Rather than compromising the security and privacy of their products, I’d like to see more progress made on certifying independent technicians and making Apple’s official tools more accessible. The security threat model isn’t the same as it once was; your phone probably has a lot more information on it than your computer of ten years ago. Yes, it’s more complicated to replace parts now, but it’s not entirely because companies like Apple want to lock out independent repair shops. Apple’s diagnostic tools could play a great role in this: imagine if you could take a printed report of a successful repair and type in a serial number on Apple’s website to verify that your device was serviced with genuine parts and passed Apple’s testing.
Five years ago, Apple was forced to temporarily close what was then its only retail store in Shenzhen, China, after it was besieged by lines of hundreds of customers waiting to swap broken iPhones for new devices, according to two former Apple employees who were briefed about the matter. In May 2013, the Shenzhen store logged more than 2,000 warranty claims a week, more than any other Apple retail store in the world, one of those people said.
After some investigation, Apple discovered the skyrocketing requests for replacements was due to a highly sophisticated fraud scheme run by organized teams. Rings of thieves were buying or stealing iPhones and removing valuable components like CPUs, screens and logic boards, replacing them with fake components or even chewing gum wrappers, more than a half-dozen former employees familiar with the fraud said. The thieves would then return the iPhones, claiming they were broken, and receive replacements they could then resell, according to three of those people. The stolen components, meanwhile, were used in refurbished iPhones sold in smaller cities across China, two of the people said.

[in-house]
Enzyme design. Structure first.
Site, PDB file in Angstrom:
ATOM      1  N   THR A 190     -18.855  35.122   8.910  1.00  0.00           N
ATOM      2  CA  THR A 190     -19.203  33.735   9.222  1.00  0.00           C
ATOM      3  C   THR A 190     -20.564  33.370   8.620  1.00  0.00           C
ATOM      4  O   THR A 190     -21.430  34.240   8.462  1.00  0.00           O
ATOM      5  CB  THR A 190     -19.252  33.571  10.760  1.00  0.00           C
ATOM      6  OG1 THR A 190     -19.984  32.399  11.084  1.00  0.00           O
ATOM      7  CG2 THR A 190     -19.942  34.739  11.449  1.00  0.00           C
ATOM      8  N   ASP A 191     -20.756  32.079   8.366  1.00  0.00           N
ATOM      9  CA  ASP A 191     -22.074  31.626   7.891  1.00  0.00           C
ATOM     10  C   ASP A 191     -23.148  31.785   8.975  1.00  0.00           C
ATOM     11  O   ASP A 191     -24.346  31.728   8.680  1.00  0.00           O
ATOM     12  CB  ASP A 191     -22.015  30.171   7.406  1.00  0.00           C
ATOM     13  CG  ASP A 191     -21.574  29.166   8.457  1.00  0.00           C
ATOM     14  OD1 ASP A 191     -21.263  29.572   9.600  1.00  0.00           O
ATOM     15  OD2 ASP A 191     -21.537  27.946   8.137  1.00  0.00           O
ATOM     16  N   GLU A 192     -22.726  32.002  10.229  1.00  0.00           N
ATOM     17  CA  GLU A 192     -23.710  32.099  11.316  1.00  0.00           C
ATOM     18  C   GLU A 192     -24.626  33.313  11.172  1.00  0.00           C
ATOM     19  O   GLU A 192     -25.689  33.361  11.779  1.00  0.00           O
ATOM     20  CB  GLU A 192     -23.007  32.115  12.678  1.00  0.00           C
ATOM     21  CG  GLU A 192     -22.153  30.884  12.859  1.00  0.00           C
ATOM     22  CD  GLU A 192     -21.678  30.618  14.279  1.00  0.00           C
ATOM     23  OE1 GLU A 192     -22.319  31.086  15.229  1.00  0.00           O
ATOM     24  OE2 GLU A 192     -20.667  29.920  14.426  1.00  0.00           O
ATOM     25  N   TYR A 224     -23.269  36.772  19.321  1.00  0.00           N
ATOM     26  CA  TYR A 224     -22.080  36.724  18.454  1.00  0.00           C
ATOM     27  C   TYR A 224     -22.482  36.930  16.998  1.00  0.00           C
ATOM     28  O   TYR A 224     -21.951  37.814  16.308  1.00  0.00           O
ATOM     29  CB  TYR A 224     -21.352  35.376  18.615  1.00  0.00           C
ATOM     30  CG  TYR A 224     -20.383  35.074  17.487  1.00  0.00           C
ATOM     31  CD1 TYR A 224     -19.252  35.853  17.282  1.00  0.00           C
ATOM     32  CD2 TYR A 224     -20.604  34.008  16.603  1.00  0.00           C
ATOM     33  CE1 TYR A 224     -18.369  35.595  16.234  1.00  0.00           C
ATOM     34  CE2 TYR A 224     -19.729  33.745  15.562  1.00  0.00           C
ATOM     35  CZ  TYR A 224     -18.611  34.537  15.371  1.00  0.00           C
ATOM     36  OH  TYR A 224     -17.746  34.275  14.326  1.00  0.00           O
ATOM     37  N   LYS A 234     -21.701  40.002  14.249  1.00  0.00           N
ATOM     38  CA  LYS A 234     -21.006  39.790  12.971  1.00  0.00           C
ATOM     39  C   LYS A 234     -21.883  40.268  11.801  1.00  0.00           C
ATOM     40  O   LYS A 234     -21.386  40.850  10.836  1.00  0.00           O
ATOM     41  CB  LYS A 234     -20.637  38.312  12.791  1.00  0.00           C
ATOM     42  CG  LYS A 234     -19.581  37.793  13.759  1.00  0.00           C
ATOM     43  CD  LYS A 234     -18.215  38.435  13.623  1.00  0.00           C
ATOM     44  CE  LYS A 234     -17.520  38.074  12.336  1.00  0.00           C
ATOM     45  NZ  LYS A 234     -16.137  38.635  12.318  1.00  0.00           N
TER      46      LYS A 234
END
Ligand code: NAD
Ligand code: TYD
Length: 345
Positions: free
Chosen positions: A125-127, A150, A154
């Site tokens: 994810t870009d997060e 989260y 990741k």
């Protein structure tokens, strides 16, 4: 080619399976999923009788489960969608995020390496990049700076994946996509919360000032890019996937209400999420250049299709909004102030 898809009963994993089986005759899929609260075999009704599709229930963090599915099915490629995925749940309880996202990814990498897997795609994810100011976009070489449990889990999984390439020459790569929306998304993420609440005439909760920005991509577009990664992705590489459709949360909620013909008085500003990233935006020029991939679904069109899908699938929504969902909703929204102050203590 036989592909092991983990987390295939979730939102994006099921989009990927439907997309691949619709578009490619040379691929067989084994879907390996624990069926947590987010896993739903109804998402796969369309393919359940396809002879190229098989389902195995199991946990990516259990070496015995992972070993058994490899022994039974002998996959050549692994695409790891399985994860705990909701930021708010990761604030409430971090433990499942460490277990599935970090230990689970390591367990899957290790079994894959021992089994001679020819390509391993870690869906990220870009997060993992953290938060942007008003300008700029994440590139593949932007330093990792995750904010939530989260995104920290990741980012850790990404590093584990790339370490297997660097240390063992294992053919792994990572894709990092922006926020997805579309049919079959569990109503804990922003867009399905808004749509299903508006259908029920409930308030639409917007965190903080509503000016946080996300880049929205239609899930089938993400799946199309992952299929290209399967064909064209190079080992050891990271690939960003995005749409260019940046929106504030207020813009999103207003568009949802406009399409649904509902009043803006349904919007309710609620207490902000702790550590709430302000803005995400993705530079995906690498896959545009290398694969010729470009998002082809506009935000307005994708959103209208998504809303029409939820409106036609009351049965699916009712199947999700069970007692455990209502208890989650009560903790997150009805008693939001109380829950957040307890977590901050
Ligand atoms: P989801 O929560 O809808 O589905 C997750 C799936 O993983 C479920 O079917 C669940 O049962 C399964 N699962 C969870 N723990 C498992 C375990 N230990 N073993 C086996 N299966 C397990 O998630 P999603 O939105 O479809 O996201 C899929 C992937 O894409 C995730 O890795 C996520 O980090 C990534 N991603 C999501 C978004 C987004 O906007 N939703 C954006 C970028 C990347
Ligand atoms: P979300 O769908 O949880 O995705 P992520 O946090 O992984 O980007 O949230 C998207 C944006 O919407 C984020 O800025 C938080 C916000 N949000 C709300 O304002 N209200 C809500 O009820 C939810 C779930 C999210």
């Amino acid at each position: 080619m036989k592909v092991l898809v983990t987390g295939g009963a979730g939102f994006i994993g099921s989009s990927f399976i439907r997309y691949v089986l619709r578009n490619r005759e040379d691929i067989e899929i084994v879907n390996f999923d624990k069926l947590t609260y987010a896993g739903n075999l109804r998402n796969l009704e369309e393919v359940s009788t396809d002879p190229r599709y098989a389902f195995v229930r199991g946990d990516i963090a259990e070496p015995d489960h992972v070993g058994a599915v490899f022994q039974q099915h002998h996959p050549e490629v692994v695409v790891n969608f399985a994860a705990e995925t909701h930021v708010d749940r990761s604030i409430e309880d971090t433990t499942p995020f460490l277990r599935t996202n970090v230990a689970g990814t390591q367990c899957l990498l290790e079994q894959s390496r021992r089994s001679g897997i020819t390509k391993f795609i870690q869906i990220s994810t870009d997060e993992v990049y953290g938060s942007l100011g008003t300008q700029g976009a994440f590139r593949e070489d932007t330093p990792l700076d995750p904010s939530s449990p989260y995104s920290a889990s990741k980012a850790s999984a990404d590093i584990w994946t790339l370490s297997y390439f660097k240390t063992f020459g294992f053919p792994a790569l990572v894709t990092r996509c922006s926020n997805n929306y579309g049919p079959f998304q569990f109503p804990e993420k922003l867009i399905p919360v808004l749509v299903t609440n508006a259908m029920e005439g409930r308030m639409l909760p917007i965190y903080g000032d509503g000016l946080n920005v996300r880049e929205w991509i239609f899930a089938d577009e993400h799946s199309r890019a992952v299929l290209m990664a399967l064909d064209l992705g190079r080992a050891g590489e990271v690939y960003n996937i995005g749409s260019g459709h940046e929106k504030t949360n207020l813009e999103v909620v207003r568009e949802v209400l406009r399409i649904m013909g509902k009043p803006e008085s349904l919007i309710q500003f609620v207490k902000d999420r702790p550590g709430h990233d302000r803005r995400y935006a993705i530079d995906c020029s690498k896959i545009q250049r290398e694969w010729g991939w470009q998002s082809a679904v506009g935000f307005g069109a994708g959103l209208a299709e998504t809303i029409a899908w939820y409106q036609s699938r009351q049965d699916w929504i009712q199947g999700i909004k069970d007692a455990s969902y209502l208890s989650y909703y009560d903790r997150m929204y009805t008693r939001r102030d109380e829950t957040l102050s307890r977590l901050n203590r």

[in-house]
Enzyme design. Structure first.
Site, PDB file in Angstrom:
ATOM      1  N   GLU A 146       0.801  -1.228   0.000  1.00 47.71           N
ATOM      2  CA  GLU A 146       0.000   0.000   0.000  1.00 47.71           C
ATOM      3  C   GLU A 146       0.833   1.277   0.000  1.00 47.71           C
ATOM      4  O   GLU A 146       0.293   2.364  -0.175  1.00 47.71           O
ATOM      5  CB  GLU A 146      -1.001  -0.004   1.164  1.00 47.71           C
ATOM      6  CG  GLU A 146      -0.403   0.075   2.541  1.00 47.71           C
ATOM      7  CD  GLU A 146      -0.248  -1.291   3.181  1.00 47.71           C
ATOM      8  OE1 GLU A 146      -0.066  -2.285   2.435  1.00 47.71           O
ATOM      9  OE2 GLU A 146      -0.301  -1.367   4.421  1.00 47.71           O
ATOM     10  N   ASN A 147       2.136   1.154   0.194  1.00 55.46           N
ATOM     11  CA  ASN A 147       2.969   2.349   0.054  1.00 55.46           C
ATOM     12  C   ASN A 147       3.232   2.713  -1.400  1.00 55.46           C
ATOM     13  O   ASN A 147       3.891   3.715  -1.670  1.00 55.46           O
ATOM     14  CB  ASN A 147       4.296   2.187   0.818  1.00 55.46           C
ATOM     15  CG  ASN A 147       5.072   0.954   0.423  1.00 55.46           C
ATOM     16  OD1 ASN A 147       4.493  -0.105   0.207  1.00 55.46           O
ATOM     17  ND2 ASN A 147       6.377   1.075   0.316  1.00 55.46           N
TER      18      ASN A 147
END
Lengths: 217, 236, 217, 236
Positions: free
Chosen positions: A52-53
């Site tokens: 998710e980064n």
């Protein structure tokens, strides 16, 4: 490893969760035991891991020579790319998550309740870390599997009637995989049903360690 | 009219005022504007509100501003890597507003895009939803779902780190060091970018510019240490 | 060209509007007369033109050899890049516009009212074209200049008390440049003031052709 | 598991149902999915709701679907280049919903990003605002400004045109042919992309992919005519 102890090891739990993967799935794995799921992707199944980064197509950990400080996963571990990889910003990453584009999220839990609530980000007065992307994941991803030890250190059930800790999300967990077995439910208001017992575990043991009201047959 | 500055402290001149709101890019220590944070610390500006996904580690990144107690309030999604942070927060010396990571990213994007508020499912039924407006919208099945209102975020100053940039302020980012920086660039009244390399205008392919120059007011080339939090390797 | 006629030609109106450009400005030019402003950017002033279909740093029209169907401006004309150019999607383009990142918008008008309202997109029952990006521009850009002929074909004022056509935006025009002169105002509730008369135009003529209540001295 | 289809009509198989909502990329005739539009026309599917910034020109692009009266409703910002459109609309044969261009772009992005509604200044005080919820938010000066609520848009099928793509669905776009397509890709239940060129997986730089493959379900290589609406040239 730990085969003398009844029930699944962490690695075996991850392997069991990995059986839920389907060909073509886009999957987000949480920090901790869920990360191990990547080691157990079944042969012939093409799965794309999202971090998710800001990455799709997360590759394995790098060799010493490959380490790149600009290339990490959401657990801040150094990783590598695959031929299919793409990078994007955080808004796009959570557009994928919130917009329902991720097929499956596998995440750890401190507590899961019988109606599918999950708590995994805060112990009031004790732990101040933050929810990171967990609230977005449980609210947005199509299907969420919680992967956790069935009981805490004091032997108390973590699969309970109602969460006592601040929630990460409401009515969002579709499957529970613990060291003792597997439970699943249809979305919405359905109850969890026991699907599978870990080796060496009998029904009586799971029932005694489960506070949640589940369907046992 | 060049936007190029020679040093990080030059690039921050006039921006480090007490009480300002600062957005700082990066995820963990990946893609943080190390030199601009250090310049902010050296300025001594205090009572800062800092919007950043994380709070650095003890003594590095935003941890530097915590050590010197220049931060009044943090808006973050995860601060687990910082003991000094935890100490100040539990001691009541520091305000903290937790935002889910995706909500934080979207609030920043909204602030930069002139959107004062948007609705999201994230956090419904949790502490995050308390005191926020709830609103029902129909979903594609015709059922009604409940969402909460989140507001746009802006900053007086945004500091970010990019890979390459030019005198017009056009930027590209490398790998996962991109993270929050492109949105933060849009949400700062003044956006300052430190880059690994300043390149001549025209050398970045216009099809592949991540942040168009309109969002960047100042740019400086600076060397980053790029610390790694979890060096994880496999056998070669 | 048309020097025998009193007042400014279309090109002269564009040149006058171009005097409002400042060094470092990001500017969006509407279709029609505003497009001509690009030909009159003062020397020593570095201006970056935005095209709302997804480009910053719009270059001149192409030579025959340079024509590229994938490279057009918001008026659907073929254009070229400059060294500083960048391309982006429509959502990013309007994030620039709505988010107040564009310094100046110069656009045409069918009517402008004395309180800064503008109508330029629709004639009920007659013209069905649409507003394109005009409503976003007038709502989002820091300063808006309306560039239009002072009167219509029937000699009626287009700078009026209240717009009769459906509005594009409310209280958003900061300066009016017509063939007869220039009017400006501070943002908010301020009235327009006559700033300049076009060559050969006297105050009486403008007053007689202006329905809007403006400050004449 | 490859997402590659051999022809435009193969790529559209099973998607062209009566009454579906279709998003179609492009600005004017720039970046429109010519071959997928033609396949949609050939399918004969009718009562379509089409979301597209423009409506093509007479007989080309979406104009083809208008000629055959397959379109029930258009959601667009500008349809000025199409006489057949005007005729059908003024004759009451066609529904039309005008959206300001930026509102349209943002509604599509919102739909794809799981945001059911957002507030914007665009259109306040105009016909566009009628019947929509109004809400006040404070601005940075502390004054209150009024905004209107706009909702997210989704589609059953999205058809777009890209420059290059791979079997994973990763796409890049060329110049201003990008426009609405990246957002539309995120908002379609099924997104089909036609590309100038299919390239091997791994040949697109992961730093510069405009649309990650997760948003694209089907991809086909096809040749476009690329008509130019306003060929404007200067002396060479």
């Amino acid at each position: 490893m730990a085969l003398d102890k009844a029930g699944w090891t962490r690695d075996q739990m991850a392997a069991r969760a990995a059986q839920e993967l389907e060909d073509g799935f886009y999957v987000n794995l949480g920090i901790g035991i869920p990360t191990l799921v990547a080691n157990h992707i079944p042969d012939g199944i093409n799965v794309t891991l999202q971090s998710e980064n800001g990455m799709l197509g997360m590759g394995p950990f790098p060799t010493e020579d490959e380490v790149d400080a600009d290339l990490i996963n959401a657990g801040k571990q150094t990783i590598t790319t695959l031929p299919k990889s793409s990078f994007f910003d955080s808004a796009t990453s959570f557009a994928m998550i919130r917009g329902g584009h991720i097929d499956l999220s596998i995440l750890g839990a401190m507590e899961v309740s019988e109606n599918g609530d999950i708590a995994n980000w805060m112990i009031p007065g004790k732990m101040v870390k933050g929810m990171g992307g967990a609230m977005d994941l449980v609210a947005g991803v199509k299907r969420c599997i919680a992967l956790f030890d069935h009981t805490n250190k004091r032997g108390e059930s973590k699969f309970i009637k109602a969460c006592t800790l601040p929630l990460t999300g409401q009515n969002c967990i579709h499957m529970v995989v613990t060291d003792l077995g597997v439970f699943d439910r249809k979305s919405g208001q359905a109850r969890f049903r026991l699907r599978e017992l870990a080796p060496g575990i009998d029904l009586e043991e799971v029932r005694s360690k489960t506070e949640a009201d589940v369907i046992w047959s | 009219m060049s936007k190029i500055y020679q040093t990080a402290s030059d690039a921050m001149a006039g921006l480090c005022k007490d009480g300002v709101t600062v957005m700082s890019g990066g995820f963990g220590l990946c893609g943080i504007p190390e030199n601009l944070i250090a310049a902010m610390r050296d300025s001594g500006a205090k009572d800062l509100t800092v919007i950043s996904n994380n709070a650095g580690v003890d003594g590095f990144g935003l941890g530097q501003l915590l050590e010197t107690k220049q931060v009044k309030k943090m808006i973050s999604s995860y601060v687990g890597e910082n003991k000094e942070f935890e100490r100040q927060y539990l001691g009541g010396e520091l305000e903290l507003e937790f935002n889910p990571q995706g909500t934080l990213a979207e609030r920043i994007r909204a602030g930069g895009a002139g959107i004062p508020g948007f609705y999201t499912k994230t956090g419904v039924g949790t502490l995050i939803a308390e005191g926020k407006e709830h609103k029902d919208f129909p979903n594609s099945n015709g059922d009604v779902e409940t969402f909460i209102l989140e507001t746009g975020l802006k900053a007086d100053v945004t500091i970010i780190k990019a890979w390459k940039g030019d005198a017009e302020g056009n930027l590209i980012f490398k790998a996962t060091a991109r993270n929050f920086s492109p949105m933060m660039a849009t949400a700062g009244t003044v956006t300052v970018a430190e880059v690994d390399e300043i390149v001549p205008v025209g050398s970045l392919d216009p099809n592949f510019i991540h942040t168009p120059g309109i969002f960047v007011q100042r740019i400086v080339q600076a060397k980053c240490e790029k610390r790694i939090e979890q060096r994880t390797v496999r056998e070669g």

These criminals were so sophisticated that they resorted to bribing employees and acquiring the serial numbers of iPhones in China to support this scheme.
Ma’s report also helps explain my frustrating support experience at my local Apple Store:
To slow down fraud at its retail stores — a main point of vulnerability — Apple developed a reservation system, which required customers to make appointments online with proof of ownership before they could file claims, according to more than 10 former Apple employees. However, the system was soon swamped with hackers who exploited vulnerabilities in its website to snap up the time slots, one of the people said.
It’s unfortunate that many of the things that used to make Apple’s stores a completely different retail experience — the virtually untethered demo units, easy-to-access support, “surprise and delight”, and a comparatively relaxed staff presence — is being watered down either by crime or for what can often feel like financial reasons.